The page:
Trump supporting Senate Republicans have warned their moderate GOP colleagues that if they side with the Democrats to force witnesses in the upcoming impeachment trial, they're going to flip the script and weaponize the process to call controversial witnesses such as Hunter Biden and Alexandra Chalupa - people central to the core claims behind the impeachment, yet were ignored like the plague by House Democrats during their investigations.
The pressure tactics are the latest shift in strategy as Republican leaders try to navigate the factions in their caucus, where moderates want to leave the potential for witnesses on the table and conservatives are anxious to quickly acquit President Trump. -The Hill
Sen. Rand Paul (R-KY) warned fellow GOP senators that if four or more of them join with Democrats to entertain witness testimony, he'll make sure the Senate holds a vote on subpoenaing President Trump's preferred witnesses - including the Bidens.
"If you vote against Hunter Biden, you’re voting to lose your election, basically. Seriously. That’s what it is," Paul told Politico on Wednesday. "If you don’t want to vote and you think you’re going to have to vote against Hunter Biden, you should just vote against witnesses, period."
Paul added that if GOP senators insist on calling people "who are unhappy about being fired," referring to former National Security Adviser John Bolton, "then I think the president should get to call his [witnesses] and we should have votes on those."
"The president gets to call anybody he thinks would be good for his defense, the prosecution can call who they want, but I don’t think we should selectively call witnesses that don't like the president," he said.
Louisiana Republican Sen. John Kennedy says he expects that if moderate GOP join with Democrats to call their preferred witnesses, it's only fair that Trump's team can call theirs.
"I assume that if we're going to be fair ... that if we get into having witnesses and evidence that both the prosecution and the defense will be able to weigh in as well," said Kennedy. "I feel pretty confident, though I don’t know it for a fact, that the defense team is going to want to call its witnesses, including but not limited to the Bidens, [and] as a fact witness the whistleblower."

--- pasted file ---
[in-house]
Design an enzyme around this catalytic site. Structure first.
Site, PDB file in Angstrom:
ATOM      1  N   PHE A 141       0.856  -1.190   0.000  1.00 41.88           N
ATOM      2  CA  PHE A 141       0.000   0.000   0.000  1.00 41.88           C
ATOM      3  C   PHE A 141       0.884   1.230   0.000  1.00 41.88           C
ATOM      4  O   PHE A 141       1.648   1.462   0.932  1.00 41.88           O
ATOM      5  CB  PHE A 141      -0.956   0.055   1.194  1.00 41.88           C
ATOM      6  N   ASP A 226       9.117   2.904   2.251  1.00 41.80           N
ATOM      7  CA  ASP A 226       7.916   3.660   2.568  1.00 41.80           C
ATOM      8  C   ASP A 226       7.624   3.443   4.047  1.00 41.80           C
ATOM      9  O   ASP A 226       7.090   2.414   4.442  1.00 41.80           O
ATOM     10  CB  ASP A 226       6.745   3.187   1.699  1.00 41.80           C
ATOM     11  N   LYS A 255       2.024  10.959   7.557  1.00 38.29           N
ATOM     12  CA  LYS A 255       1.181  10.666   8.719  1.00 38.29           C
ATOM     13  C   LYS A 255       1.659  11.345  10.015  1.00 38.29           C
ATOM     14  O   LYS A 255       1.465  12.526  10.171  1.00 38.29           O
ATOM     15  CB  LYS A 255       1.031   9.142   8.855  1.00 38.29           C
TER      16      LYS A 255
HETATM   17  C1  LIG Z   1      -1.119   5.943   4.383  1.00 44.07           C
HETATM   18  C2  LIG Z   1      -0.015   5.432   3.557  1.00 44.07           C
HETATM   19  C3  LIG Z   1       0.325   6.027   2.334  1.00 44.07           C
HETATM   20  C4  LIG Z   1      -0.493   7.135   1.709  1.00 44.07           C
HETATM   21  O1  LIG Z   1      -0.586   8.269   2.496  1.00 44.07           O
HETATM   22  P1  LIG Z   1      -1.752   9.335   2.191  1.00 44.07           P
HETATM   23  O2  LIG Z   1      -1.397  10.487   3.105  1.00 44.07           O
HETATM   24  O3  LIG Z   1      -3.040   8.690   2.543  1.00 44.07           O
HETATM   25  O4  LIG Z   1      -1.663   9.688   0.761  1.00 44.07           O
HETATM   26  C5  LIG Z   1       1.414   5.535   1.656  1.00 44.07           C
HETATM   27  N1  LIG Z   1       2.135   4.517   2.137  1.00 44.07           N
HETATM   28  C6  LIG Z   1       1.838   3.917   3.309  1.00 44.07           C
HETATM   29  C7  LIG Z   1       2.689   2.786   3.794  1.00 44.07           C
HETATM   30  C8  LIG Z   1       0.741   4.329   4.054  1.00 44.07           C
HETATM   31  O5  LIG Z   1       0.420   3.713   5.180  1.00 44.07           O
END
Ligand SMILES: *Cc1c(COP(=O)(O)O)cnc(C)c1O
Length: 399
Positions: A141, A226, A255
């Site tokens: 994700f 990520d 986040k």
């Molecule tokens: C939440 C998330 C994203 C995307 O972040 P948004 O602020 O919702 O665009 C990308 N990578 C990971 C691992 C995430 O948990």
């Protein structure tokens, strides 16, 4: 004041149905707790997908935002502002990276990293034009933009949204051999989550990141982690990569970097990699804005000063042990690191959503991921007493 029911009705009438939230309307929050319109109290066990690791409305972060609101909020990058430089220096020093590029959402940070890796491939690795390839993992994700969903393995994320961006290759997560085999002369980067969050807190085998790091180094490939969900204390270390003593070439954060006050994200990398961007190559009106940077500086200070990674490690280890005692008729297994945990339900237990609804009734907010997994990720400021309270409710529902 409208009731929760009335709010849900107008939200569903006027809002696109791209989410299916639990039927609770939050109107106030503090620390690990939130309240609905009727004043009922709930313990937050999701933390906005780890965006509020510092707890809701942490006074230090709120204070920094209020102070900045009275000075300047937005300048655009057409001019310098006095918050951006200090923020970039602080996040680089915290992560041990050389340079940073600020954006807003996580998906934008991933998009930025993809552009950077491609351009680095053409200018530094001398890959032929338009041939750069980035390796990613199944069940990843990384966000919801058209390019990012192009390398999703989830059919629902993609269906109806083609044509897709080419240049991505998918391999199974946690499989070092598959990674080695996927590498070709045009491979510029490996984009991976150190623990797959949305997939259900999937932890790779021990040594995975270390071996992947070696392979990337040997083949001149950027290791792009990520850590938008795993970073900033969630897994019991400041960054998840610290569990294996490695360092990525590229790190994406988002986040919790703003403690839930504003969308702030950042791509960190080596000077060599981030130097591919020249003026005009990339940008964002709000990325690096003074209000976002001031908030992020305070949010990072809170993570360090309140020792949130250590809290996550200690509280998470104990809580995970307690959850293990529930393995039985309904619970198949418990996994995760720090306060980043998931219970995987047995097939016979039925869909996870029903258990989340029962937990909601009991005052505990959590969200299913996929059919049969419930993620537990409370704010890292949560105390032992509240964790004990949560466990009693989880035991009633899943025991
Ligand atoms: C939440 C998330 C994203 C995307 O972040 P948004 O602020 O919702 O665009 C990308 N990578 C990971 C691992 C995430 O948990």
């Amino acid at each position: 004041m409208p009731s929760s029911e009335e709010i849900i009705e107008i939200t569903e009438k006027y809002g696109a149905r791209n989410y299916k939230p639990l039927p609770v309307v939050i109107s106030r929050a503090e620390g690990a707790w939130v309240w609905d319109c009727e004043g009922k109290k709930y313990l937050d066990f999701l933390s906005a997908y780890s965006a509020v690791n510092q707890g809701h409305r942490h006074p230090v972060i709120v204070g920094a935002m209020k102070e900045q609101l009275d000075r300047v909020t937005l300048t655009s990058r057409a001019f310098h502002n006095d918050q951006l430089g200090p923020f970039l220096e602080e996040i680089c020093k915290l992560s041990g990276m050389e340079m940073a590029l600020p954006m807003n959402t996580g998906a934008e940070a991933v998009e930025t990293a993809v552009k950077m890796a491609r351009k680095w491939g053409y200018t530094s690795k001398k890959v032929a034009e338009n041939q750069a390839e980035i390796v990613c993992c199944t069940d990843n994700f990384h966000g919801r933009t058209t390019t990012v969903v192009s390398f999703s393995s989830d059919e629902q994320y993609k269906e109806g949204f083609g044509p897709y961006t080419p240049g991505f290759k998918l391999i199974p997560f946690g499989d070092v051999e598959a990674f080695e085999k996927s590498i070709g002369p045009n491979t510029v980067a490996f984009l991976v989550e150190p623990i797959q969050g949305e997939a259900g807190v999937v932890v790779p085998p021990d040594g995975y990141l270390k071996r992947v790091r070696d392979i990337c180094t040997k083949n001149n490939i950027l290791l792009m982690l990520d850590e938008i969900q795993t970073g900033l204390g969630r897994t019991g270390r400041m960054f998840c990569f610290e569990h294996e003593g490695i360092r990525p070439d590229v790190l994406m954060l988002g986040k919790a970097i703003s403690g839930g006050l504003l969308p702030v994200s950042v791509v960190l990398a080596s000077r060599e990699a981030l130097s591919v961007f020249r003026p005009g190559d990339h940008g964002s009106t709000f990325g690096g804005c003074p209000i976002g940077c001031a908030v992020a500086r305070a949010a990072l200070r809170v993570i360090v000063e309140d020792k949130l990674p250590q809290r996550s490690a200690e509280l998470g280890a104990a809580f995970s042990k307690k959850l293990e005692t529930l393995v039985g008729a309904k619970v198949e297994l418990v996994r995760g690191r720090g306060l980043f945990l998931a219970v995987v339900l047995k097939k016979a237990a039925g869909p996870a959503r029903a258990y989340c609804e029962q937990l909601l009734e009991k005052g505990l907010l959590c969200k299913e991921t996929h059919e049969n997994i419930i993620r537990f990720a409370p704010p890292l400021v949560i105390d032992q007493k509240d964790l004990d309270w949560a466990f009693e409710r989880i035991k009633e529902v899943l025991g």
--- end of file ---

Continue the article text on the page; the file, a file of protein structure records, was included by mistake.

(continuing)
Senate Minority Leader Charles Schumer (D-N.Y.) declined to weigh in on Thursday about if he would be willing to engage in a trade where Democrats could call Bolton in exchange for Republicans calling Hunter Biden, who has emerged as a prime fixation for Trump and his allies over his work on the board of a Ukrainian energy company.
“I’m not going to negotiate out here,” he told reporters. “They haven’t made any offer about any witnesses or any documents.” -The Hill
Meanwhile, Sen. Ted Cruz (R-TX) has floated the idea of "witness reciprocity" across the aisle.
"If they are going to bring witnesses in, we’re not going to do what the House did of a one-sided show trial, and I think it should be at a bare minimum one-for-one," Cruz told Fox News' Sean Hannity. "So if the prosecution brings ... John Bolton, then President Trump can bring a witness. He can bring Hunter Biden."
Hannity told Cruz he "loved your proposal" and that he hopes the Democrats agree so that Republicans can call the Bidens, whistleblower Eric Ciaramella and House Intelligence Committee Chairman Adam Schiff (D-CA), whose staff met with the whistleblower and steered him to Democratic operative attorney Mark Zaid - who loves going to Disneyland alone.
Senate Majority Leader Mitch McConnell (R-KY) has worked behind the scenes to unite various factions within his caucus as the impeachment trial looms - meeting recently with moderates such as Susan Collins (R-ME) and Lisa Murkowski (R-AK) - the latter of whom was bullied mercilessly by Sen. Dianne Feinstein (D-CA) during the Kavanaugh confirmation.
Sen. Roy Blunt, meanwhile, the #4 GOP senator, said McConnell has convinced Republicans to entertain a decision on witnesses after the trial begins.
"I think he’s done a good job listening and trying to understand that everybody has their own unique set of considerations here as to how they move forward," said Blunt, adding "By doing that [he] has all of us in the same place on the rules that we’ll vote on next Tuesday. That’s a good way to start."